As Yosemite reveals itself, the Meander begins

I left the city in a mad rush. The dash from Fresno’s airport to Fresno’s REI was frantic. I needed more food, more fuel, and warm socks before heading to Yosemite. And I hoped to get there before dark.

The Meander officially began on May 9, but it was vastly different than I’d expected. It was busy. Too much company and commotion. Too much Griswold-ing. I divided 18 days between tourist time with Jamie and my dad in San Diego, then fun time with Keena’s family in Burbank, then three go-go-go days with Jamie driving the Pacific Coast Highway through Big Sur. These were positive experiences, but whew …

Mt. Watkins reflects in Mirror Lake.

Mt. Watkins reflects in Mirror Lake.

Finally, with 60 miles of open road between me and three nights alone at Yosemite, it was time for the Meander to begin. Except, it didn’t. I was ready for my cathartic moment. I tried to prime the pump with the Into the Wild soundtrack. Nope. With sun setting, I played the second side of Darkside of the Moon. Still nothing.

And then, as Roger Waters let out his last long “mooooooooooooon”, I rounded a corner and the sign for Yosemite National Park appeared. Finally, I started to cry. Soon, I was preparing for bed at Wawona Campground about an hour south of the famous Yosemite Valley.

That night I dreamt that access to the valley itself had been barred. The entry point immortalized by countless Hudson River School landscapes and Instagram selfies was closed. All I could see was ferris wheels, roller coasters, and other commercial recreation in the distance. Wally World was closed. I was crushed.

Day One

I woke up to the light tapping of rain on my tent. I stepped out of my tent into a pine forest and learned my first lesson of Yosemite. Never separate from your camera. A deer stood less than 15 feet away. Welcome to Yosemite!

My first item of business was a stop at the campground reservation office. To my surprise, I was able to extend my stay to a fourth night and relocate to the coveted valley floor the following morning. Not wanting to spoil the surprise of the valley before moving, I honey-badgered coffee from the nearby lodge and headed to the scenic south rim of the valley en route to Glacier Point.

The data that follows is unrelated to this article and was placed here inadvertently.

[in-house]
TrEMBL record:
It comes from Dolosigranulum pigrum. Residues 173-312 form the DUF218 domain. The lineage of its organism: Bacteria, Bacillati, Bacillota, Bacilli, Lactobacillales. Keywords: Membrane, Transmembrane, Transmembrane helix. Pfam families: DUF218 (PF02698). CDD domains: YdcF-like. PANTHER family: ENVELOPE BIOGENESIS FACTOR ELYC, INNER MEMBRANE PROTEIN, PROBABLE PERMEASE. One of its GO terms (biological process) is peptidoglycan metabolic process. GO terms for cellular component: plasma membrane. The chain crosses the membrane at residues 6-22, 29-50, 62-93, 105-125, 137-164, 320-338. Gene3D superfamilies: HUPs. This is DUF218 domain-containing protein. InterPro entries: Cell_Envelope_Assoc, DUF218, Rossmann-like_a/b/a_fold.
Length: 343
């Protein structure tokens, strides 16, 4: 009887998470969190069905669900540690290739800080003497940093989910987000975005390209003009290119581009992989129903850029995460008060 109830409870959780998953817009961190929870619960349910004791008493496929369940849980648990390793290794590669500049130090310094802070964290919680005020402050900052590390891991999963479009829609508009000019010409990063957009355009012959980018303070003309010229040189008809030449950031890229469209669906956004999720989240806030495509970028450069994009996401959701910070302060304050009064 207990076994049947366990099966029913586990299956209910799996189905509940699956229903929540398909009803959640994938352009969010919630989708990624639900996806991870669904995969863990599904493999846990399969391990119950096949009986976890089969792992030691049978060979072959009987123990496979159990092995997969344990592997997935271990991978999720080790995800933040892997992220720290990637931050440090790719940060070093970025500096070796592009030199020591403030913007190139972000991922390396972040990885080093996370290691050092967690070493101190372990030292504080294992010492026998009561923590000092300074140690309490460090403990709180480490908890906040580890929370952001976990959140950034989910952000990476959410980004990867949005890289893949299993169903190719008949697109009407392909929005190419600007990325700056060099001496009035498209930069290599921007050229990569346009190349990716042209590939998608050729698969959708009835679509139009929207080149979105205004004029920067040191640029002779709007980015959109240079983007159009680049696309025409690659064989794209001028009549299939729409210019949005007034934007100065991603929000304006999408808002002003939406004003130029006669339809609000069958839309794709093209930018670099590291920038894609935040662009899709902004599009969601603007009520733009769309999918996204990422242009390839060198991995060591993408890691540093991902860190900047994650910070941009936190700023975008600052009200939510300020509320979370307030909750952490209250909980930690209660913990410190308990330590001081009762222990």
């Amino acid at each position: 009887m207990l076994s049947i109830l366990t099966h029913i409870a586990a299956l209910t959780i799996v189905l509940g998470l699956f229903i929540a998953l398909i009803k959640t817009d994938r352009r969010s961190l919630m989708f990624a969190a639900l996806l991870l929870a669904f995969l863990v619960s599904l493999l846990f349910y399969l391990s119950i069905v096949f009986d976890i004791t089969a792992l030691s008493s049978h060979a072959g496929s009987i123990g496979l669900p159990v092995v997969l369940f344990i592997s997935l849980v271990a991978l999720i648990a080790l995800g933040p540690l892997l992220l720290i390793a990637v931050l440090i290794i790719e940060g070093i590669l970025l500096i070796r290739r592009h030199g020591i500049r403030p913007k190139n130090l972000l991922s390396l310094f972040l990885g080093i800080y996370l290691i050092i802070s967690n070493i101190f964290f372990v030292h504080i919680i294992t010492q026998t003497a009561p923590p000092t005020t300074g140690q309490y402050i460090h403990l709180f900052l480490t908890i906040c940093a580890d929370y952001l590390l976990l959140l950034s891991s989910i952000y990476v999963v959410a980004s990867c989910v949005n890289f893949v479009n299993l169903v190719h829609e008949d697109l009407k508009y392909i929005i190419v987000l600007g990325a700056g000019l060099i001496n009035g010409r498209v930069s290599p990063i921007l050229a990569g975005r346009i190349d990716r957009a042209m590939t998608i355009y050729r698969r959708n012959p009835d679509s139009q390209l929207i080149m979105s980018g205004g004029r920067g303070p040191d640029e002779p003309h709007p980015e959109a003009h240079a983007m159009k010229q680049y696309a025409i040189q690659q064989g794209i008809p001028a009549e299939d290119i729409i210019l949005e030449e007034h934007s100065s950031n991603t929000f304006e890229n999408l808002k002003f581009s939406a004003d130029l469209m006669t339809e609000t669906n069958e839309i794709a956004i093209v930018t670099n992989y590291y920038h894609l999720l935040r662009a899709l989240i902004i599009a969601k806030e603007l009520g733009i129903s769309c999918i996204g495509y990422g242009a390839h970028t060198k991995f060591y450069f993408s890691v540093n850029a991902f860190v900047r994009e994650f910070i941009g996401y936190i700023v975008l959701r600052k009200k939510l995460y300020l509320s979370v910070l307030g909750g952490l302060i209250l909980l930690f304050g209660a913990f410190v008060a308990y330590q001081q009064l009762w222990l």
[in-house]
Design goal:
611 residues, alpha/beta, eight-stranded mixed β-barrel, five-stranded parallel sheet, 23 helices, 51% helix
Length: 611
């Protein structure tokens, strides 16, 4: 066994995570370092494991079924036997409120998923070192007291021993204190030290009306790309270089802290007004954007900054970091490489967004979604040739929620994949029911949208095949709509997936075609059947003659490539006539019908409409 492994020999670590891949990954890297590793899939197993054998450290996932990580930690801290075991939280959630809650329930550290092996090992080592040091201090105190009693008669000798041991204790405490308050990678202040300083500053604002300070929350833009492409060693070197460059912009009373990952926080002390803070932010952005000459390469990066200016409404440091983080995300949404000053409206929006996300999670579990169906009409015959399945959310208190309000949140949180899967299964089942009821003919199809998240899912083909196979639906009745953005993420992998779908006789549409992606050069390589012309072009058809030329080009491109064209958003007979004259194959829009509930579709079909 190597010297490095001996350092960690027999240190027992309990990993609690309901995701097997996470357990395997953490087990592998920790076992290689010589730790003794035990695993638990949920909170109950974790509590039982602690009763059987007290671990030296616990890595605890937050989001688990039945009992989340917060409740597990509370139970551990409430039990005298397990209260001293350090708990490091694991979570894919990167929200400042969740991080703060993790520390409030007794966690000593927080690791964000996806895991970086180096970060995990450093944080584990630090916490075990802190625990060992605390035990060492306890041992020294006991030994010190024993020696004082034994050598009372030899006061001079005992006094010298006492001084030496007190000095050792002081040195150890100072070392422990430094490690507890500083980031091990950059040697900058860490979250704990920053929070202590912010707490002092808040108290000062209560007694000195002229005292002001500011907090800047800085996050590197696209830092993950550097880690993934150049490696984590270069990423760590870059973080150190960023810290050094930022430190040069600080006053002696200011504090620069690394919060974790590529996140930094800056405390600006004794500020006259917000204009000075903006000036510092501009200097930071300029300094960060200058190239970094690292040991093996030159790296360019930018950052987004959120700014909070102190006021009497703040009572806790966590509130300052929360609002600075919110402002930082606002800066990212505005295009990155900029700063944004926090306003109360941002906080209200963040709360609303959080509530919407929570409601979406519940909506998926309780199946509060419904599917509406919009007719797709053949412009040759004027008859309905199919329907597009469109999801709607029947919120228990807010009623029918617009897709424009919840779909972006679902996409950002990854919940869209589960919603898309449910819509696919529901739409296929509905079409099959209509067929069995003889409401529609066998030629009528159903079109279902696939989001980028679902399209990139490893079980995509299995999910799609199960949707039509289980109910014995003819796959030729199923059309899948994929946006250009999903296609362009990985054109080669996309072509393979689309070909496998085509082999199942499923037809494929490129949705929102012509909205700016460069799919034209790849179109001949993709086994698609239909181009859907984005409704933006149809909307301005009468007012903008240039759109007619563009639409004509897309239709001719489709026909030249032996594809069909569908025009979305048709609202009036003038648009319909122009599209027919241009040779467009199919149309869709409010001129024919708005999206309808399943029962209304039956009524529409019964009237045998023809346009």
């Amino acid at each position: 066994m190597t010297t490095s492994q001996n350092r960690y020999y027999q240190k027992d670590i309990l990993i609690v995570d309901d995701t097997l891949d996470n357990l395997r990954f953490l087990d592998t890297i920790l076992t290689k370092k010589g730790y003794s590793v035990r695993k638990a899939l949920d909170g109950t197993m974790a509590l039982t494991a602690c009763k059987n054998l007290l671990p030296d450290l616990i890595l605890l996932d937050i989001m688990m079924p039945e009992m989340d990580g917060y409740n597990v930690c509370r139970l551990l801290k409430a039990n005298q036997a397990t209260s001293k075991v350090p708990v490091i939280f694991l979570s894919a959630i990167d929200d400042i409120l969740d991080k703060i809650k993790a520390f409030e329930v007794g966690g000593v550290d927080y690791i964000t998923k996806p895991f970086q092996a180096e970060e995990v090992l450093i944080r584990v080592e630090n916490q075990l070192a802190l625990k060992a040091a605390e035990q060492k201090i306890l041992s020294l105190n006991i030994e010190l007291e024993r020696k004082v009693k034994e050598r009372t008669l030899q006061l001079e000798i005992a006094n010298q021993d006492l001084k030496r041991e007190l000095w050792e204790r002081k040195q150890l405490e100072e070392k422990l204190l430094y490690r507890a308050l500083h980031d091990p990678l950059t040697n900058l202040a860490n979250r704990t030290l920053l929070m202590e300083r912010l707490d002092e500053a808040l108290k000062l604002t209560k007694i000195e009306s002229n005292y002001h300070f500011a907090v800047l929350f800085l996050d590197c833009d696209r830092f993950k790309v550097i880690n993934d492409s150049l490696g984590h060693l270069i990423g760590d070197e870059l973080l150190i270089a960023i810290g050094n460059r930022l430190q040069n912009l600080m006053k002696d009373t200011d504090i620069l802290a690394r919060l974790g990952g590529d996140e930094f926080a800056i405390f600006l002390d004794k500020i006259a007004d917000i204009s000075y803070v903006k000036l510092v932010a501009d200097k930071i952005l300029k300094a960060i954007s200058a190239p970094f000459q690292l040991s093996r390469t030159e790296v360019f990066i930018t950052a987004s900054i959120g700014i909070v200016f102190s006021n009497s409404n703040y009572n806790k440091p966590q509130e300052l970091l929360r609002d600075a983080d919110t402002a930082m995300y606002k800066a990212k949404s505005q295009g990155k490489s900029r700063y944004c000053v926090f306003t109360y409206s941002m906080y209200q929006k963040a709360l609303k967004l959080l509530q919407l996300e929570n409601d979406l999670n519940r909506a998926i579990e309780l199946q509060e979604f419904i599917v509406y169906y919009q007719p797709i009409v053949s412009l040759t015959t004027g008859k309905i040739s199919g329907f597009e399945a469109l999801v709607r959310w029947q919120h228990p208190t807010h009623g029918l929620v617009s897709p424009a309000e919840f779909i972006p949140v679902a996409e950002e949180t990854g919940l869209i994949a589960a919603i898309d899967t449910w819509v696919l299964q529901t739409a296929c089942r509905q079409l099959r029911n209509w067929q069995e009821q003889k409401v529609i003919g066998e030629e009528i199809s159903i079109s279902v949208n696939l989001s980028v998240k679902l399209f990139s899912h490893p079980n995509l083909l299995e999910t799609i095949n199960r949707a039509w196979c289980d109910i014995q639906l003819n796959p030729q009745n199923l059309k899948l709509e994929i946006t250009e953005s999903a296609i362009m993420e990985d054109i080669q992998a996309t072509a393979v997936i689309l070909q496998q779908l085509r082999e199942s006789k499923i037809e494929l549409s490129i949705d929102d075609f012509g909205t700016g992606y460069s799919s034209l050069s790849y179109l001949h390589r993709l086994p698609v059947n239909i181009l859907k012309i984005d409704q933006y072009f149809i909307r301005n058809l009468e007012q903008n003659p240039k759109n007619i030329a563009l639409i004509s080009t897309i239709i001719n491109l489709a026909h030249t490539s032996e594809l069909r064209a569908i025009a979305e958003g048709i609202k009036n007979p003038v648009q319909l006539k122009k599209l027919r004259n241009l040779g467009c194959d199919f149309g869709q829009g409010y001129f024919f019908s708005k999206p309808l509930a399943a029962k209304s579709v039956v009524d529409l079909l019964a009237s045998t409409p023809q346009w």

4,000+ feet of Yosemite Falls.

4,000+ feet of Yosemite Falls.

The hour drive toward Glacier Point meanders through thick forest as it ascends 3,500 feet from Wawona. It was under 50 degrees and the whole place smelled like a Christmas tree lot. I stopped for a short stroll to a meadow where I hoped to see more wildlife. I watched trout (?) swimming in the stream for a while before heading to a five-mile loop hike that passed scenic overlooks Taft Point and Sentinel Dome.

Ignite Phoenix presenter Indiia Wilmott said, “I hate the phrase ‘Words can’t describe.’ Of course they can. They’re words. That’s what they do.” So, I’ll avoid hyperbole and accept that words can indeed describe Yosemite. However, I will not accept that words can do it justice.

After two miles at 7,500 feet, I was a tad short of breath. When I made the final ascent at Taft Point, the rest of my breath was literally taken away. I shed multiple tears and cracked a wide smile as I stared across the valley floor 3,500 feet below me to Yosemite Falls.

I’d never seen anything like it. Not even close. The water doesn’t cascade. It free falls 1,400 feet. It doesn’t form a smooth ribbon. It’s blown, spread, and turned into mist by the wind before collecting in a basin.